Weeds. Weeds. Weeds and more weeds!
It’s early June and after a cold, rainy start to spring here in the northeast we finally have some nice weather! While outdoor gardens are starting to come into their own, weeds are loving this weather too! It’s time to focus on weeding.
What is a weed?
Ralph Waldo Emerson wrote that a weed is “A plant whose virtues have not yet been discovered.” Are weeds always noxious, undesirable or invasive? In reality, a weed is quite simply any uninvited plant. Situation and preference are important. Dandelions were once ripped out of lawns with a vengeance. Bee and pollinator enthusiasts now encourage us to let dandelions grow as a good source of pollen.
You might have an accumulation of marigold seedlings popping up where last year’s flowers grew. I have tons of tomato seedlings coming up in my raised beds from a few of last year’s tomatoes left to overwinter in soil. Whatever uninvited plants you have growing in your garden, weeds may eventually out-compete the plants you do want to cultivate.
“One year’s seeds, seven years’ seeds.” Get to those weeds early, before they flower and go to seed. One plant can produce hundreds or even thousands of seeds. A very common weed, purslane, is capable of producing millions of seeds per plant. That now-desirable dandelion may produce about 2,000 wind dispersed seeds per plant each year. Might there be a balance to strike with dandelions?
What is the best way to remove weeds?
For the home gardener, hand weeding is the best and safest way to remove weeds. Remove weeds before they flower and go to seed. We want to avoid using weed killers which are not great for the environment. Get out your gardening gloves and a good tool for removing weeds. You should remove not only the above-ground plant but the roots as well. Good tools for weed removal include trowels, asparagus tools (has a v-shaped end point), a hoe dag (mini pick axe), or a garden knife, such as the Hori-Hori Japanese garden knife. There are other narrow garden tools for weeding between paving stones. Removing those weeds before they go to seed is time well-spent!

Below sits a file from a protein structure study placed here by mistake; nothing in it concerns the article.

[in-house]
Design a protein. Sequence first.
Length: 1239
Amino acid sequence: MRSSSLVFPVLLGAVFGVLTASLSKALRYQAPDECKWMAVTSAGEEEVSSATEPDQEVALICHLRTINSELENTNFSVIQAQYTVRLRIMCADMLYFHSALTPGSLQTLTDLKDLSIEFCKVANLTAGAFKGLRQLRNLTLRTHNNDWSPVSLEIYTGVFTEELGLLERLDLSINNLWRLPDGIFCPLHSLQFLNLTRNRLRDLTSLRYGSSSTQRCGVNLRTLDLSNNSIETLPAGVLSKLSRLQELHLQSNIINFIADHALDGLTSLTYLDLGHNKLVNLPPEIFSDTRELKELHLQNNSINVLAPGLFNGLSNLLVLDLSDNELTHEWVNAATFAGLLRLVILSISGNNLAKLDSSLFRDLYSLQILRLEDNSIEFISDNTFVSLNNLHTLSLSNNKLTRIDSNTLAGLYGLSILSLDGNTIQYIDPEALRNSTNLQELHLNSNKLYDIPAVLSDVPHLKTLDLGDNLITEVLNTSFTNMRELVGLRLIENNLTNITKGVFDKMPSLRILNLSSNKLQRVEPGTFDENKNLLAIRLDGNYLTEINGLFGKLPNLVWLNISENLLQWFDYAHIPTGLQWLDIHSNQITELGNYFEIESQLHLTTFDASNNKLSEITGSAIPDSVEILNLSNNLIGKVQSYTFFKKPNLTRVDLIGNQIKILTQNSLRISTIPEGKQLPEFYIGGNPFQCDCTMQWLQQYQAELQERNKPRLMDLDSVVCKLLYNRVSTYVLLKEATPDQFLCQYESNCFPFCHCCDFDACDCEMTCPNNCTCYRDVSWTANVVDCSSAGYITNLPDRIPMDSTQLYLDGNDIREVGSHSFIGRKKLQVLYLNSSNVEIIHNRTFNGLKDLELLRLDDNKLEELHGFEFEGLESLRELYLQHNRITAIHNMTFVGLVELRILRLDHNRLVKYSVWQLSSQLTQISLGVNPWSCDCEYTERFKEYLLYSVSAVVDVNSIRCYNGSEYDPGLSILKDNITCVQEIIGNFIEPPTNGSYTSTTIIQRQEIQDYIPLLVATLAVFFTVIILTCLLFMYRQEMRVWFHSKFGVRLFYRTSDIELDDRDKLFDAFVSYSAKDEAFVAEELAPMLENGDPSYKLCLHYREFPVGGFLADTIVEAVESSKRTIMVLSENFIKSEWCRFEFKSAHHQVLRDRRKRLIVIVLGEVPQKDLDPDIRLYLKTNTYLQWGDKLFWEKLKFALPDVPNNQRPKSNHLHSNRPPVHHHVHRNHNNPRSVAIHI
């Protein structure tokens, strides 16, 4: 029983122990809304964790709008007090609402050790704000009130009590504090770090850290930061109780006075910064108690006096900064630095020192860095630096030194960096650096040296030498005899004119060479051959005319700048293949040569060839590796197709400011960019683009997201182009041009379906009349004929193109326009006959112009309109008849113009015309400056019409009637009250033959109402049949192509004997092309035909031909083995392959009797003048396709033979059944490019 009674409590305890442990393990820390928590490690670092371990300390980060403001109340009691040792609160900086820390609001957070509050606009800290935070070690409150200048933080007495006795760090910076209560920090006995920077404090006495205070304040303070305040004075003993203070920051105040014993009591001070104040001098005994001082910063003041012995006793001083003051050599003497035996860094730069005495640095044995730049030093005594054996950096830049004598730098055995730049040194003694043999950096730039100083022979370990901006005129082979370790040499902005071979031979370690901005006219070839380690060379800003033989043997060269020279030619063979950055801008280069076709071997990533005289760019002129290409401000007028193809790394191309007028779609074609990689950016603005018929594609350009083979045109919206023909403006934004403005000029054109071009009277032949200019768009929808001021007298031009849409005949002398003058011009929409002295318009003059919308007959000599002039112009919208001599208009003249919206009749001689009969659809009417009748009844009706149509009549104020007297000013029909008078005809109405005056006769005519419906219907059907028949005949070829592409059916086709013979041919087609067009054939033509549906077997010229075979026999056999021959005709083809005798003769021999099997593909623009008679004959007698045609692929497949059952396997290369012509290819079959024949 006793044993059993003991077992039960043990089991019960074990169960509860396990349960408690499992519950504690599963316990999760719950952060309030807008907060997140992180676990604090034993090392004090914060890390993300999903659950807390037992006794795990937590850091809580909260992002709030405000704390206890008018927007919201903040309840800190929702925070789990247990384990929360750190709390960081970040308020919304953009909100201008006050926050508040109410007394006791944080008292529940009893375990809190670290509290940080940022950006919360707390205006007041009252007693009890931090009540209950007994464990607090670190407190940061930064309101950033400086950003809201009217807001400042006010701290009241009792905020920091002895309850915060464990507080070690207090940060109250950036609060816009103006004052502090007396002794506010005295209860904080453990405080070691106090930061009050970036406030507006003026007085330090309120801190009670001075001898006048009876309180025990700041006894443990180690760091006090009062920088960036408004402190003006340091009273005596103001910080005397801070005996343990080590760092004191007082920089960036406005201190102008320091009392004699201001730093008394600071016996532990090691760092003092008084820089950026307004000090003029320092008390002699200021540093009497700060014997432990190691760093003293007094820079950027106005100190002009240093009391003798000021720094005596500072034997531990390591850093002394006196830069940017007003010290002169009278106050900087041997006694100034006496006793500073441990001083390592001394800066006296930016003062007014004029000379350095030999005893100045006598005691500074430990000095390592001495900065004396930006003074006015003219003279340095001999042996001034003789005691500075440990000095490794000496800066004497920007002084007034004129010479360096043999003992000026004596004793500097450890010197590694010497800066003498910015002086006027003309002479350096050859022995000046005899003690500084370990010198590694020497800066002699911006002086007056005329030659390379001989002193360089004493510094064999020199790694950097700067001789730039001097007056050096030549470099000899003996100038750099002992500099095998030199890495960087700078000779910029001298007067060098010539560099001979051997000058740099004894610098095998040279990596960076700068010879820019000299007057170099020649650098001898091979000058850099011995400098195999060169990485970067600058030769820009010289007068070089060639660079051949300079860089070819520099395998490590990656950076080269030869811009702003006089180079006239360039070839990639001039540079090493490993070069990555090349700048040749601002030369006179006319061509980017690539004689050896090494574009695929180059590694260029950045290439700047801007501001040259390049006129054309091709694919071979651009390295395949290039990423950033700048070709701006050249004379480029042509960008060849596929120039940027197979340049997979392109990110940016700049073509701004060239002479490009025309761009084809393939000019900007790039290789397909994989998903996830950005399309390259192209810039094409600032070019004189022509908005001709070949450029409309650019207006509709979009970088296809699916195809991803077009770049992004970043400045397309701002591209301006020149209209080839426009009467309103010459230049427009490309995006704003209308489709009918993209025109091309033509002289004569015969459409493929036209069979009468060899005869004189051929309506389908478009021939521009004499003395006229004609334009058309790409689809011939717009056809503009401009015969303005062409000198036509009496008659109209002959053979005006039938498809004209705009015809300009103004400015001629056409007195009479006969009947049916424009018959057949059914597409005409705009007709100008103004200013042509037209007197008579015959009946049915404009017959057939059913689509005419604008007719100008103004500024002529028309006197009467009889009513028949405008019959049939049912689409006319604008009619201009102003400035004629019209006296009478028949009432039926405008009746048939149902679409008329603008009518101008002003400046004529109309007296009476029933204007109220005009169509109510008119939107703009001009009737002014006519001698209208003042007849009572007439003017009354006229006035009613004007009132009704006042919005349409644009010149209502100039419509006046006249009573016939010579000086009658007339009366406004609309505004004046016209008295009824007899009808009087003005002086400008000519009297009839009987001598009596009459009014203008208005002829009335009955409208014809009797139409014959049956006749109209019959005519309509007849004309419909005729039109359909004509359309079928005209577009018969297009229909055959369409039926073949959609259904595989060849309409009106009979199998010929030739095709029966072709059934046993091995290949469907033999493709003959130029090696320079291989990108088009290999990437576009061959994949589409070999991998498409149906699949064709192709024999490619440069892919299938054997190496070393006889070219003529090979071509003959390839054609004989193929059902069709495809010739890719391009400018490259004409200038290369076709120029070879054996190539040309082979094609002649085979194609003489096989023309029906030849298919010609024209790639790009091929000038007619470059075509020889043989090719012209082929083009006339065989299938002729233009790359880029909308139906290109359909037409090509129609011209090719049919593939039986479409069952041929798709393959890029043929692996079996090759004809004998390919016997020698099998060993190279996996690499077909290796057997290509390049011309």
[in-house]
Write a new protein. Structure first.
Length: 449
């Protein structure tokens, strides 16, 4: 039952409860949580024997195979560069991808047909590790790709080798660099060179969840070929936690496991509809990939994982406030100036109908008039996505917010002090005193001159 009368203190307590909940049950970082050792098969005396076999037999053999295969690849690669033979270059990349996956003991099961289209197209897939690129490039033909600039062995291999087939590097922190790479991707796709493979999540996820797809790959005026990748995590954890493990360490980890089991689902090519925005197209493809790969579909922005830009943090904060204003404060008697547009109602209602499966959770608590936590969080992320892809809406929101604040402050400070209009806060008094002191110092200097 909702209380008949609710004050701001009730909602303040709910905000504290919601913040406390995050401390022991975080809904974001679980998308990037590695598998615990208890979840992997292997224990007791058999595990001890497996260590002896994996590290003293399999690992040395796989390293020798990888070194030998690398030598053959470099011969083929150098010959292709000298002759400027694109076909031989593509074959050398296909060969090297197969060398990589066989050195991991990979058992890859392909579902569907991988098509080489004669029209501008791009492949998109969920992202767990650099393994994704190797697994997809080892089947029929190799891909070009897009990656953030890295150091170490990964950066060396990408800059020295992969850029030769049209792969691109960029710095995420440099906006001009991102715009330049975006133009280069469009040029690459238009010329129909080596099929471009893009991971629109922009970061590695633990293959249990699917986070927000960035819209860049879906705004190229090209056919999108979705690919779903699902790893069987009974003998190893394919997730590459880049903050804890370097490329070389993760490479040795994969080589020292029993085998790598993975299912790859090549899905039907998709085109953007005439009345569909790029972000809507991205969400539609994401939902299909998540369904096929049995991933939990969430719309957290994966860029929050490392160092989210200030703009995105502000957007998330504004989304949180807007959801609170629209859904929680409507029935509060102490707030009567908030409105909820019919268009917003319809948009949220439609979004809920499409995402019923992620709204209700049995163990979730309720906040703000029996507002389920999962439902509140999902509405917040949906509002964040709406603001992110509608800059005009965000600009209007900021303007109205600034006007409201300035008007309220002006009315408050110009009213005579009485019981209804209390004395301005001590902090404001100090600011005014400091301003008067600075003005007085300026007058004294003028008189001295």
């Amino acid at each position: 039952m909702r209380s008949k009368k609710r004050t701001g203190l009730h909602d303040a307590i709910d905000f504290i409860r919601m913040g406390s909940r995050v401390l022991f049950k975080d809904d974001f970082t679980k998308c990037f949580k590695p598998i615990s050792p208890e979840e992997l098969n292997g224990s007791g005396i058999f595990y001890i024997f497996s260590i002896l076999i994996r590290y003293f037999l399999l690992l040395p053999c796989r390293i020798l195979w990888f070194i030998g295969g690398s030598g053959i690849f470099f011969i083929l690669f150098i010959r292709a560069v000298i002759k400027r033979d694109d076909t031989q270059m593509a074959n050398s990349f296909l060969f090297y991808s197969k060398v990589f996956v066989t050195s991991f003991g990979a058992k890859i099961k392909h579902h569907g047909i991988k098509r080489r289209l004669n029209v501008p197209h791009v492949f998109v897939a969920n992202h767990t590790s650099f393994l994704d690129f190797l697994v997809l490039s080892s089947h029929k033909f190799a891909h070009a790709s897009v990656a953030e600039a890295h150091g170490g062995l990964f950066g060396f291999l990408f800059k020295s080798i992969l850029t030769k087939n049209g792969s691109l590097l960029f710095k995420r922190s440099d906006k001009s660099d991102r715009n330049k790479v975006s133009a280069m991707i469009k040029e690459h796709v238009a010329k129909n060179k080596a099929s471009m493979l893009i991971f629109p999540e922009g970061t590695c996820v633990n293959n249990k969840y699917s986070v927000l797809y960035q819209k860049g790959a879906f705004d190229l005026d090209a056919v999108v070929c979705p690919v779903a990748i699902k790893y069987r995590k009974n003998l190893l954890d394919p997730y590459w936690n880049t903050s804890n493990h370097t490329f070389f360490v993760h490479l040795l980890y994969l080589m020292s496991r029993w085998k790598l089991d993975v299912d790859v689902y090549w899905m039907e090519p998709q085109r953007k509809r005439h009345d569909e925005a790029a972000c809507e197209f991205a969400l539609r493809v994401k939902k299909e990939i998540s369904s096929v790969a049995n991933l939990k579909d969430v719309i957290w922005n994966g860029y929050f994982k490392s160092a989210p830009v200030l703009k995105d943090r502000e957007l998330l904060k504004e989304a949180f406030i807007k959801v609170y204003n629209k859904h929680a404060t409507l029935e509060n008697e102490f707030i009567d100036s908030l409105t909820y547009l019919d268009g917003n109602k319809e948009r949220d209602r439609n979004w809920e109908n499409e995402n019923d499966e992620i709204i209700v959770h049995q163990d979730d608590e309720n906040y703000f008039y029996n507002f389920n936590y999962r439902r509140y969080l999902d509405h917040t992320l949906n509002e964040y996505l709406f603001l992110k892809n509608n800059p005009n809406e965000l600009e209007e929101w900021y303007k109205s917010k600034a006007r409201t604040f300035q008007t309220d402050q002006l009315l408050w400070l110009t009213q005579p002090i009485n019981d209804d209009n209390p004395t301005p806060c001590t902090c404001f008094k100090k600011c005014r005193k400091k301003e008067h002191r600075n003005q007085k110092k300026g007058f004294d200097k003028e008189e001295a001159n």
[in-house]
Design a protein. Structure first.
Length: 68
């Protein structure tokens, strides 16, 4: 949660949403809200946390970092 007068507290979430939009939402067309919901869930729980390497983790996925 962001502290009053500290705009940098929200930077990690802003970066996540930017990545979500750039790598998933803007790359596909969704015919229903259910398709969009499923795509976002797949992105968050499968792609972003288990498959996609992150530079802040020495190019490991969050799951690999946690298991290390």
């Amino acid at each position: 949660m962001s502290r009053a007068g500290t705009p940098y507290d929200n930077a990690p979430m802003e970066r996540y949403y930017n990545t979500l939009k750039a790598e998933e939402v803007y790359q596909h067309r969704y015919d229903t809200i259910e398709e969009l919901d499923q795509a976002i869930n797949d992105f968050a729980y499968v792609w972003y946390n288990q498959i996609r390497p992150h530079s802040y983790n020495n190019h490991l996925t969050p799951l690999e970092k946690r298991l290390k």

Is it ok to use weed killer products?
If you are contemplating using chemical weed killers, do your research beforehand and weigh out the risks. Professionals who apply pesticides and herbicides are subject to strict regulations and must obtain an applicators license after a lengthy exam, followed by mandatory CEU classes and periodic license re-examination. Homeowners, however, in many cases may purchase the same pesticides or herbicides right off the shelf.
Frequently, homeowners apply these products without first reading the label and or using proper protective gear. Keep in mind that weed killers may also kill or damage the plants you want in your garden. Some weeds are resistant to weed killers. Also, take into consideration how your lawn and garden will be used by pets and humans. Even homemade weeds killer, such as solutions made with vinegar, can be harmful if applied incorrectly. It might be better in the long run to pull those weeds by hand.
Weeds are a reality!
Gardeners with even little experience know that weeds are a reality. Weed seeds arrive in our gardens in many ways. Seeds are wind-dispersed, dropped by birds, or carried on animal coats. Some plants have explosive seed pods (dehiscent), dispersing seeds far and wide.
Hand weeding has an added benefit of putting you down on the ground with an up-close look at your plants. It’s a good way to check in, keeping an eye on plant health and problems such as damage from insect infestations and diseases. Gardening is an opportunity for endless learning. As you weed your garden, check for vegetables to harvest or flowers to cut for bouquets. Weeding your garden might actually become an enjoyable activity!